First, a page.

WP_20151102_16_31_39_ProWe may never know, but at least at this location, and on this retaining wall, it seems that the murals didn’t help to reduce graffiti.  One might also quickly point to the Broken Windows Theory, when you step back and see that the sidewalk in front of these walls is now being used for camping by the homeless.  It certainly appears that the more graffiti covered walls are where people are camping, or more graffiti is happening where people are camping?

WP_20151102_16_34_50_ProAlong the walls of Chapman Square Park a long mural was done to replace the graffiti.  This park is one that is nearly always occupied by homeless persons, and here again we see the effectiveness of murals stopping graffiti being questionable:


Sometimes graffiti and street art are hard to tell apart, as is the case in this recent addition to the approach of the new Tillicum Bridge.  Once again, there was a person camping in a tent just next to this location.

WP_20151102_16_41_19_ProHere is a mural done for the Japanese Auto Repair business near SE Taylor and SE 8th Ave.  This commissioned piece shows how murals can help to not only beautify a building and discourage graffiti but also help to be a communication tool.  In this piece we see a tsunami destroying a boat, a likely reference to Japanese culture, and connection to the business.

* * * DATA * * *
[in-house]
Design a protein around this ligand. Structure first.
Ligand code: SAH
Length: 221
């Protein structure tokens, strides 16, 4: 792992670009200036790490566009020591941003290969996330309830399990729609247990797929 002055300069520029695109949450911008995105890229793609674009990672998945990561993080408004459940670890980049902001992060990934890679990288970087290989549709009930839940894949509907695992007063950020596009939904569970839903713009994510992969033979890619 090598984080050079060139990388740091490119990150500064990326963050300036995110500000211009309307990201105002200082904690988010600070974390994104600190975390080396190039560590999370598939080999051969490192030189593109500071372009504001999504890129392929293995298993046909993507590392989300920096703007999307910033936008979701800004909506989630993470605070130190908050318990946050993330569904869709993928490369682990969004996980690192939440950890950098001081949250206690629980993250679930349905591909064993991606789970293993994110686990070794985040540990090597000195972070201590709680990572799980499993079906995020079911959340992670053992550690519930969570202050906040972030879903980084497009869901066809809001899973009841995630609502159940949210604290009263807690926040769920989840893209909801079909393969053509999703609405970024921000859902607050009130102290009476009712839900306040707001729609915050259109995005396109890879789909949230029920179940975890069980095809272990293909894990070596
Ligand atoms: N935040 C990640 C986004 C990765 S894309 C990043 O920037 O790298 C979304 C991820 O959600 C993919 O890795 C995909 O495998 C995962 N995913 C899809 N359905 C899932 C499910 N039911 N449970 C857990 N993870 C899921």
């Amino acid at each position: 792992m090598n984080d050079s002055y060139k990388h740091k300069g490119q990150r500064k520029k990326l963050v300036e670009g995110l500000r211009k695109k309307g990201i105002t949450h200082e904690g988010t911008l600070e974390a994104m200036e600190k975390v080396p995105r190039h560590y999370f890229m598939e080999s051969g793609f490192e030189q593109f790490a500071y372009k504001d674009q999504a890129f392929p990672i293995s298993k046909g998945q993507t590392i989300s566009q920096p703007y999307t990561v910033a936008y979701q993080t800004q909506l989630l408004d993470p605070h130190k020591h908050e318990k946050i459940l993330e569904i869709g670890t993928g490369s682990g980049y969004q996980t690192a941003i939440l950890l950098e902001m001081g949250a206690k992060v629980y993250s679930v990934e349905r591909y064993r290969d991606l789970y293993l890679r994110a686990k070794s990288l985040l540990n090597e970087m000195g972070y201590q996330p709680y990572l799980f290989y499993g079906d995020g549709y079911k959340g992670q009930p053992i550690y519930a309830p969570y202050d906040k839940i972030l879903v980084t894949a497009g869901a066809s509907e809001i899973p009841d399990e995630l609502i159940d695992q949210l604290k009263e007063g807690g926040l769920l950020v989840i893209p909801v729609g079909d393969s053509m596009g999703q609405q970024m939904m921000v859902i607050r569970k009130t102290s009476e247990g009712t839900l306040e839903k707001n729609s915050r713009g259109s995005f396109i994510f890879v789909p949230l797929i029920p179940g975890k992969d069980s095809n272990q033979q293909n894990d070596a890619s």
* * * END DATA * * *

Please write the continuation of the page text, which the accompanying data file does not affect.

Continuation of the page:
WP_20151102_16_54_45_ProThe United Loans building has a huge United States flag painted on the side of it.

WP_20151102_17_27_23_ProHere a local business named “Farm” has a mural painted on their wall:

WP_20151102_17_30_13_ProMurals aren’t new, and were original painted on buildings for signage and advertising.  As modern billboards took over in speed and cost, these murals declined in use.  However, the trendiness of murals has seen at least one local advertising company bringing the concept back.  Ironically, they have taken up space immediately adjacent to Farm’s mural:


Here are some more murals from Southeast Portland without commentary, in a random order.


3 thoughts on “Southeast PDX Murals, Graffiti, and More”